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Flower Girls: Etiquette Q&A



Q. Can I have flower girls in lieu of bridesmaids?

A: How sweet! In Victorian England, having child attendants was all the rage, and it's still a popular British custom. Your only problem? Making sure that the women (or men) close to you are still on board to help out with prewedding tasks, throwing a shower, and much more. Even the cutest flower girls in the world can't provide you with the help you'll need. So if you go the flower girl route, make sure to publicly thank the fairy godmothers who help to make your wedding happen (in the program or at the reception) and throw in a nice gift, too.

Q. My daughter is a flower girl in my brother's wedding. We've had conversations about her attire, but it's unclear who's paying. I want her to look picture perfect, too, but what's the deal?

A. Usually, child attendants' parents pay for their clothes, but the bride and groom will sometimes purchase a flower girl's dress (or a ring bearer's adorable little suit) as a gift. Ask your brother in plain terms, so that there are no misunderstandings. If they're receptive, maybe you can split it, or, you pay for dress, they pay for hat, shoes, etc. Just keep in mind that, like bridesmaids and groomsmen, agreeing to be in the wedding generally means you're willing to purchase an outfit. So, we say go for a multipurpose gown (the wedding, birthday parties, holidays, etc.)

Q. There's some concern about inviting our 6-year-old flower girl (a cousin) to the rehearsal dinner, especially since the reservation is for 8pm. My fiance's mother does not want to invite her to the dinner because she is so young; my parents disagree -- she's part of the wedding party. I can understand both points of view, but I don't know what we would do with her after the rehearsal. Who makes the call? The host (my fiance's mom) or the couple?

A. There's no strict etiquette -- whether or not child attendants are invited to the rehearsal dinner is up to you ("you" meaning the couple and the hosts of the party, often the groom's parents). It's perfectly appropriate to invite her to the dinner, since she will be at the rehearsal -- especially if her parents will be there, too! Perhaps you and your fiance should try to broach this issue with his mom to see if you can change her mind. It might be a money thing or maybe she thinks the flower girl's a brat, who knows? Check in with the little girl's parents, too. Maybe they already have a plan (i.e., a babysitter is coming to pick her up at 9:30).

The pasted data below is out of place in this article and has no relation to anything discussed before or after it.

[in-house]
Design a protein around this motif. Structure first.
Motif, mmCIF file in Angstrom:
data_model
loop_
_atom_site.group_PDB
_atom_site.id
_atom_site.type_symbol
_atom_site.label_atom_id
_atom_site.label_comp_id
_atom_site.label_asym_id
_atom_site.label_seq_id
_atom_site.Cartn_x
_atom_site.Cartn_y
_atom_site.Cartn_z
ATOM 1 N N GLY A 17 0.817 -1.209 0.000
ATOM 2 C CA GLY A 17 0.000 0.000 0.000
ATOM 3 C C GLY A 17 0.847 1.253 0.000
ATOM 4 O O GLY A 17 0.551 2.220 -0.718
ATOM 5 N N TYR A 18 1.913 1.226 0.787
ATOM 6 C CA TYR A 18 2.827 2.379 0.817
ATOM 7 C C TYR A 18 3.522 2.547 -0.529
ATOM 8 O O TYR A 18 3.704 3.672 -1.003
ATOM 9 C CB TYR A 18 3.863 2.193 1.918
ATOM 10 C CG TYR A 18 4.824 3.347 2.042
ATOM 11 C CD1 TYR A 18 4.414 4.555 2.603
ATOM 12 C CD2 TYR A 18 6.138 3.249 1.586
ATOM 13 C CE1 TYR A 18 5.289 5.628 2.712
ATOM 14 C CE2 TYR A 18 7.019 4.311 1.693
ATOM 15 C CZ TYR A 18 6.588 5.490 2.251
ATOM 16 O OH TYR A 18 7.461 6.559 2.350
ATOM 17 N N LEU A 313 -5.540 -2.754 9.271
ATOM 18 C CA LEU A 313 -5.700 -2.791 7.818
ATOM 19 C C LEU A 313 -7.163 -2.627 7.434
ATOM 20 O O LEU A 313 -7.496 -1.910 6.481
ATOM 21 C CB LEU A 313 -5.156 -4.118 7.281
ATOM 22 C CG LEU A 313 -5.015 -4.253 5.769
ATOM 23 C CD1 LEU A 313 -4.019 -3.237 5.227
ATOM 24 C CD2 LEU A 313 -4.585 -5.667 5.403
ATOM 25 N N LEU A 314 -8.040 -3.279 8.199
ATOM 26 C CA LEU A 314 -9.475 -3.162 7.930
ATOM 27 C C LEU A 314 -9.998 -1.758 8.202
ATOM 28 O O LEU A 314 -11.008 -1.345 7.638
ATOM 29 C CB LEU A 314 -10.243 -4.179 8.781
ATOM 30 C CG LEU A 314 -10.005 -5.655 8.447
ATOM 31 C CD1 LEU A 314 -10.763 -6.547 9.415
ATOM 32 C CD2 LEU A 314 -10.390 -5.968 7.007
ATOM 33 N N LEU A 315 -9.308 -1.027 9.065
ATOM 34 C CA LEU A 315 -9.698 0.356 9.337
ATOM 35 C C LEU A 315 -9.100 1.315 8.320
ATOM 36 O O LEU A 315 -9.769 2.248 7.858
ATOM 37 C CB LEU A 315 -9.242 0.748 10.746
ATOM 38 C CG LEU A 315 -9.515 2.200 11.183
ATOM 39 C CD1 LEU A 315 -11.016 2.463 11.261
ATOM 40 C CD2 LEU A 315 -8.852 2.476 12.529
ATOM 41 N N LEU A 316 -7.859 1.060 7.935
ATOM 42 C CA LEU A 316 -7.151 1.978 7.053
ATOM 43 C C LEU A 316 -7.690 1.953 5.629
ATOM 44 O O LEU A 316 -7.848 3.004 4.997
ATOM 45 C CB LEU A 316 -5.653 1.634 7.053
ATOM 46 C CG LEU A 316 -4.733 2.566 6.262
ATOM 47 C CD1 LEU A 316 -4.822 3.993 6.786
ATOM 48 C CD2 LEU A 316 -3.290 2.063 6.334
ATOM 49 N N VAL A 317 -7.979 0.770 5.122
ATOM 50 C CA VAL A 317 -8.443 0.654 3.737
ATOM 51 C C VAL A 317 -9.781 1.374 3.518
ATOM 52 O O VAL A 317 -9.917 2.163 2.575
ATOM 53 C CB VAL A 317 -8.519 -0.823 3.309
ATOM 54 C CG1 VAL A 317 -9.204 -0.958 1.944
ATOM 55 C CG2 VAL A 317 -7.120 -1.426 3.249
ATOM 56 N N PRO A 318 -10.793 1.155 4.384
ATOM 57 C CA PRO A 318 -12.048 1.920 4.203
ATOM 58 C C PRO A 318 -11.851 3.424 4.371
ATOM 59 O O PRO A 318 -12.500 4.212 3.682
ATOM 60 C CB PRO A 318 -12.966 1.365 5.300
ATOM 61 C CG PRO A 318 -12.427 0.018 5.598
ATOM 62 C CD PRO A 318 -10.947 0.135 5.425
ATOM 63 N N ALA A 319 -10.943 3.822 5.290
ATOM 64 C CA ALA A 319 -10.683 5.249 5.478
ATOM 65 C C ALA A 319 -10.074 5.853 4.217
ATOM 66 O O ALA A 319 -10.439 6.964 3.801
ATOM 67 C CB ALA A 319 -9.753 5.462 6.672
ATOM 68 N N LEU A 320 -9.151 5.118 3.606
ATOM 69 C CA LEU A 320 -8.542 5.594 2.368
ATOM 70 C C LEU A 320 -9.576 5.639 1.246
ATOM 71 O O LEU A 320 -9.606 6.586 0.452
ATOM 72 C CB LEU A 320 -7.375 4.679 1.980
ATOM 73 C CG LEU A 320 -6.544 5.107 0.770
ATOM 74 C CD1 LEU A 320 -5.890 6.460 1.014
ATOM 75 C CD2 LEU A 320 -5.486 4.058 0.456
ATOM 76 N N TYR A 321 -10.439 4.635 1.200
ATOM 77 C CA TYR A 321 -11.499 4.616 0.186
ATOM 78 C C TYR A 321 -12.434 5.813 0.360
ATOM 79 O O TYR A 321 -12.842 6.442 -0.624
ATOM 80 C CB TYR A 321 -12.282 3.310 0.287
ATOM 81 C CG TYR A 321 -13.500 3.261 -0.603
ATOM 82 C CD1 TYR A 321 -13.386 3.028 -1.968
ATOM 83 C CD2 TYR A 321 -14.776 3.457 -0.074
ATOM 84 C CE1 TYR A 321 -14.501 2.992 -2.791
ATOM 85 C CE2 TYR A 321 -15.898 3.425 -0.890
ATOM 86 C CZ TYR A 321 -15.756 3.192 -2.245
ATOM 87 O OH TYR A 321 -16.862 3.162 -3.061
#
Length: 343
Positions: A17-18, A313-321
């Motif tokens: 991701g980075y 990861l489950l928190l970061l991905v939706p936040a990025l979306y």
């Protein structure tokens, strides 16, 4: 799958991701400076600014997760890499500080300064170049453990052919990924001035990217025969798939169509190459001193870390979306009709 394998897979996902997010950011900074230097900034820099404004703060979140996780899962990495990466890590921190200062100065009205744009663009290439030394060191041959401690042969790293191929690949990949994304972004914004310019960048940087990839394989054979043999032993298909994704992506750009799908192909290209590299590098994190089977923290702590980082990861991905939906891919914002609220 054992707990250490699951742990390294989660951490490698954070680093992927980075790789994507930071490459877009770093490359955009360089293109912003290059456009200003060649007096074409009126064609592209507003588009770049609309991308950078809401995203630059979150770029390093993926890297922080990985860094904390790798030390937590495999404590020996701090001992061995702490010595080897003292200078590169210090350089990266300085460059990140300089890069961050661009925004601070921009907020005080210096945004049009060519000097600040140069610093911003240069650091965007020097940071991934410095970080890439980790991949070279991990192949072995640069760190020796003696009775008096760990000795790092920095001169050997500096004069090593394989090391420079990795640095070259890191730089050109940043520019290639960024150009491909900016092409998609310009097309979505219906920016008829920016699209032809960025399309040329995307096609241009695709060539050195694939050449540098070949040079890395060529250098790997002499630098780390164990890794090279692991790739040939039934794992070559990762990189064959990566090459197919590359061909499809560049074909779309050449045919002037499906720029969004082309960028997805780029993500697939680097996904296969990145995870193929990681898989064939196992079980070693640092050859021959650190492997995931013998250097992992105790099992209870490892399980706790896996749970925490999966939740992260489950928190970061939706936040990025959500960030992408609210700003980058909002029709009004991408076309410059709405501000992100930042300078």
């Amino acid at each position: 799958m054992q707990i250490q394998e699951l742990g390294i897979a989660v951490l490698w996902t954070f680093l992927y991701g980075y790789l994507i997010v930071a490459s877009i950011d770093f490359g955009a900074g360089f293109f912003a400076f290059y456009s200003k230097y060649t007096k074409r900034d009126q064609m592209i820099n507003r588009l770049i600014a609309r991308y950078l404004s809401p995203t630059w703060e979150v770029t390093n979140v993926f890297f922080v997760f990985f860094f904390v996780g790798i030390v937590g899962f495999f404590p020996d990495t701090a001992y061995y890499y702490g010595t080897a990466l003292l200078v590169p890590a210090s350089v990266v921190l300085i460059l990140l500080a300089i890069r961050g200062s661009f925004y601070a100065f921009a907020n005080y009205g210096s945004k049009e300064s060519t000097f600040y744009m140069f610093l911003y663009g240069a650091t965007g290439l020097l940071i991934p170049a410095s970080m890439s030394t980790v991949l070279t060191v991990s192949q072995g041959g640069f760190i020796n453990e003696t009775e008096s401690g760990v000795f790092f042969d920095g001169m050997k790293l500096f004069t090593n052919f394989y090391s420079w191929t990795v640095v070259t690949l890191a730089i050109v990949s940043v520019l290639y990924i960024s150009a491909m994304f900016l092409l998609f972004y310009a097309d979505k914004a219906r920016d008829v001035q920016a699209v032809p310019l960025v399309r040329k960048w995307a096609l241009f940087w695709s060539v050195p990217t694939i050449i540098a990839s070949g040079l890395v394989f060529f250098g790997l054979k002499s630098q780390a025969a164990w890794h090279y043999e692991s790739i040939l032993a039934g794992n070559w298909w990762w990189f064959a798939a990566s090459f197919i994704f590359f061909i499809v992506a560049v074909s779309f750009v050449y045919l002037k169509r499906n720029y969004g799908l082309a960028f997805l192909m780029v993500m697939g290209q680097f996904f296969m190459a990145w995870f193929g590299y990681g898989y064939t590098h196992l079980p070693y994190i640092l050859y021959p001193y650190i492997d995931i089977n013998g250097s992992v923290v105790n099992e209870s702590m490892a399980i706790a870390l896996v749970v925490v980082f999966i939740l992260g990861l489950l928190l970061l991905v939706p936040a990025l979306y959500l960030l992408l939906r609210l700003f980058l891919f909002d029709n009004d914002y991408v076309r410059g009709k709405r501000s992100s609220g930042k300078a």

Q. I'm a bridesmaid, and the bride's having her baby sister as the flower girl. I mean, she's cute, but I really don't want to have to be in charge of policing a 4-year-old's every move. Is "babysitting" her one of my duties?

A. Yes and no. For the day of the wedding, the bride may ask you to check her sister's appearance before she goes down the aisle, smooth her braids, fix her hair ribbon, etc. You might also have to take her to the restroom a couple of times. You can handle this, we know you can! As for the reception, we think you're off the hook. Parents will probably take charge, anyway. When it comes to partying, you're free to run with an older crowd.

Q. Does the flower girl stand in the receiving line?

A. Not usually, but if she's daughter to one of the newlyweds, then she should definitely be included. This is a big day for her, too.

See More: Your Bridal Party